Studios, Gigs Sites & Museums

Here’s a selection of rock-related sites and attractions you can also visit when in London.


The Hendrix & Handel Museum

Brook Street, off New Bond Street, was Jimi Hendrix’s own flat in the home that was once Frederick Handel’s. George Frederick Handel was famed for providing the music for the Royal Fireworks in the 1700s – in the 1960s, Hendrix provided the fireworks and the music!


The Royal Albert Hall

Open most days except Wednesdays. Five tours a day to choose from.

Get yourself up front and soak up the truly unique atmosphere of one of the most prestigious music performance spaces in the world! Built in 1871, it has hosted everyone from Sinatra to Santana, from Pavorotti to the Police!! The Beatles played here. George Harrison played his one and only UK gig here (with Ringo on drums). It was also the venue for his remembrance concert. The Cream played their famed ‘farewell’ concert here – and their reunion one 30 years later. Pink Floyd played here. And so did Hendrix. Frank Zappa shot scenes for his film ‘200 Motels’ here, and was banned! And who else? Yes, the Who. And yes, Yes. And Deep Purple played with a symphony orchestra.

You’ll see preparations for a show, and peek into the auditorium, as the Hall prepares to open its doors for the next show. You never quite know who might be rehearsing! Highlights of the tour include the fabulous auditorium, exclusive access to the Royal Retiring Room, a look inside the Queen’s Box and a fascinating presentation featuring a selection of the huge range of events that take place at the Hall. Entrance prices on application.


The Roundhouse, Camden Town

Site of the legendary sixties UFO Club, the Roundhouse continues to be one of London’s premier gig sites. It was here, in a converted Victorian steam engine and gin barrel storage shed, that a young Pink Floyd and Soft Machine took part in ‘happenings’ in support of the underground movement’s house newspaper IT. Other seminal artists performing here included Jimi Hendrix and the Doors (their only UK gig). More recently Kasabian, Jarvis Cocker, Paul McCartney, The Chemical Brothers, The Beastie Boys, The Who, Morrissey and James Brown have done their thing here! Visit, admire, have a coffee while you take a break from exploring the exciting neighbourhood of Camden. But keep your eyes open as you never quite know who you might see in a suburb favoured as a living base over the years by bands and artists ranging over the years from Oasis, to Madness and more recently Amy Whitehouse.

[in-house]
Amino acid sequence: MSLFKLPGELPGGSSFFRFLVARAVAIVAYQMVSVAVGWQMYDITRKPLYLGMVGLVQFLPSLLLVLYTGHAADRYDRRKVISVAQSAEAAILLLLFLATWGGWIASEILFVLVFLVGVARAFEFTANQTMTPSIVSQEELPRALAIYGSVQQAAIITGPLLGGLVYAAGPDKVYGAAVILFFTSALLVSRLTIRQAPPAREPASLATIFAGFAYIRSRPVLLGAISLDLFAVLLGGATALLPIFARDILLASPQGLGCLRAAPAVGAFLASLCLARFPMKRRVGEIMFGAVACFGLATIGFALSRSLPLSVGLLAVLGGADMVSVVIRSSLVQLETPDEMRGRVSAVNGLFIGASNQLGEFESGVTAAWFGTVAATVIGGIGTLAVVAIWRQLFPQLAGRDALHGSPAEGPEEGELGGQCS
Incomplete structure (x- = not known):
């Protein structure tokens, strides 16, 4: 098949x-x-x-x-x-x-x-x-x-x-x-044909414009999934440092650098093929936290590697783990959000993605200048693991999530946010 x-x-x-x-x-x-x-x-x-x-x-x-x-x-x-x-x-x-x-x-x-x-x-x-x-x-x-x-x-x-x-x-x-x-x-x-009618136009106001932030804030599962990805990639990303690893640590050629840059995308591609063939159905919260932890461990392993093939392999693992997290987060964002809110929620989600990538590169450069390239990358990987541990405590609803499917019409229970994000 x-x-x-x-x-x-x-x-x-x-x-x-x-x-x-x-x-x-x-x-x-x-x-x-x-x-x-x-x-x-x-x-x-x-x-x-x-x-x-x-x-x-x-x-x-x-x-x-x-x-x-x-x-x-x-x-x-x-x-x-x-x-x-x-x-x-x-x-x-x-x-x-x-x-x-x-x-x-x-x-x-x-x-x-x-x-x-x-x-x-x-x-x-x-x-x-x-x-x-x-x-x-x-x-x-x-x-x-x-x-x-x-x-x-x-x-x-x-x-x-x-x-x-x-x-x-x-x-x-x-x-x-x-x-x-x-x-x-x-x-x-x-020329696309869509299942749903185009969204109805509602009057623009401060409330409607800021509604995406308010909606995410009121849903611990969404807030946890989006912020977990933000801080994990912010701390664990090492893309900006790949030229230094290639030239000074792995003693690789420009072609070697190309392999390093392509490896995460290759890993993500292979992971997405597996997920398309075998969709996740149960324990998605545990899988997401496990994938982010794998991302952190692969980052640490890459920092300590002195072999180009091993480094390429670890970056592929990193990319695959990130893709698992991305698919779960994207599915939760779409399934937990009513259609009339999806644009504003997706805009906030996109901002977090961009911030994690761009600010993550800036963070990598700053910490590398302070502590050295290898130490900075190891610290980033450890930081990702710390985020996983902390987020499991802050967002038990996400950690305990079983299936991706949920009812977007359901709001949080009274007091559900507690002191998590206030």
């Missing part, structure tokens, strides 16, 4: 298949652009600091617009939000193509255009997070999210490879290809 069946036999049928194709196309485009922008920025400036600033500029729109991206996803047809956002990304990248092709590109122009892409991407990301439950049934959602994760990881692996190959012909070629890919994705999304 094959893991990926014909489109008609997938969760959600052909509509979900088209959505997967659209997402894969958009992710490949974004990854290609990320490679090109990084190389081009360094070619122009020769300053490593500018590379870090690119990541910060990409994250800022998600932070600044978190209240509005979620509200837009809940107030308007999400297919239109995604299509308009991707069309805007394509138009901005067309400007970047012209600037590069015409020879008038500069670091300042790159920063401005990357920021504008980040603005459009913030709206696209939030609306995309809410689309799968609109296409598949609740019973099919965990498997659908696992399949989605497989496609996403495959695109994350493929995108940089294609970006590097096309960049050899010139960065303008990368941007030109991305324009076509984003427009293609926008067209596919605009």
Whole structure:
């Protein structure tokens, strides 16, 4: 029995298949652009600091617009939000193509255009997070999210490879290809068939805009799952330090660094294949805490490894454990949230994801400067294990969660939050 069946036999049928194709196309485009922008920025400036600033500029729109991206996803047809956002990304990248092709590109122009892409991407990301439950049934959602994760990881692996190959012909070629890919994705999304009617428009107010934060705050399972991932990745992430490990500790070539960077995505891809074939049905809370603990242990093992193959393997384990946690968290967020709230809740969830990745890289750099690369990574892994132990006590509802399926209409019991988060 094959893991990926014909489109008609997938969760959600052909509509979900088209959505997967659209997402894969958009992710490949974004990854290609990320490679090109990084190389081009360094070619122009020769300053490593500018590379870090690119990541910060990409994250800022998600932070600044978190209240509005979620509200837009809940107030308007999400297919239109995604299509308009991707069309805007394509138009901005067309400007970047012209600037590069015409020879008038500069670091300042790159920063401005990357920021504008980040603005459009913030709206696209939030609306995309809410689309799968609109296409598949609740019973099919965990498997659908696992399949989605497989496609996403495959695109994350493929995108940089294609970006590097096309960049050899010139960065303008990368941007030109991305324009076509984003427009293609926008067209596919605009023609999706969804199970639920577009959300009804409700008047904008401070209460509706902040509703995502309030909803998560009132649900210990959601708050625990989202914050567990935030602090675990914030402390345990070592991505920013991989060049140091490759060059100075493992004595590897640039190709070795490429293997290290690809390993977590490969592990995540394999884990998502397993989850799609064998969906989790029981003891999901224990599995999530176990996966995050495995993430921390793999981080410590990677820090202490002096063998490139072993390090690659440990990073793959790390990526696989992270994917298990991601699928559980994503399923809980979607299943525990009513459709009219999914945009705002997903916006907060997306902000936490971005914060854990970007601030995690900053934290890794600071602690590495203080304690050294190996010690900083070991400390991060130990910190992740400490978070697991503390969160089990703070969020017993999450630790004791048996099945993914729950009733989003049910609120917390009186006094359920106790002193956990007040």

The Dublin Castle and Hawley Arms

And while you’re in the area check out pubs with musical heritage and modern attitude!

Olympic Studios Barnes

Alas, this famous studio where Led Zeppelin, Hendrix, The Who, Queen and the Stones, amongst others, laid down seminal albums is now closed. The building has now become the Olympic Cinema with attractive coffee bar attached. It is still worth making the pilgrimage to see the old building even if the smell of coffee beans has replaced the smell of vinyl!

The Troubadour Café, Earls Court

One of the few remaining cellar clubs from the 60s, the Troubadour still hosts gigs and is also an atmospheric bistro-style restaurant. Bob Dylan had one of his early London gigs here, as did singer-songwriters like Paul Simon, Al Stewart and the legendary Nick Drake. More recently Adele had one of her first professional gigs. You may get to see tomorrow’s legends today here! Worth a visit to 267 Old Brompton Road; nearest underground station Earls Court.


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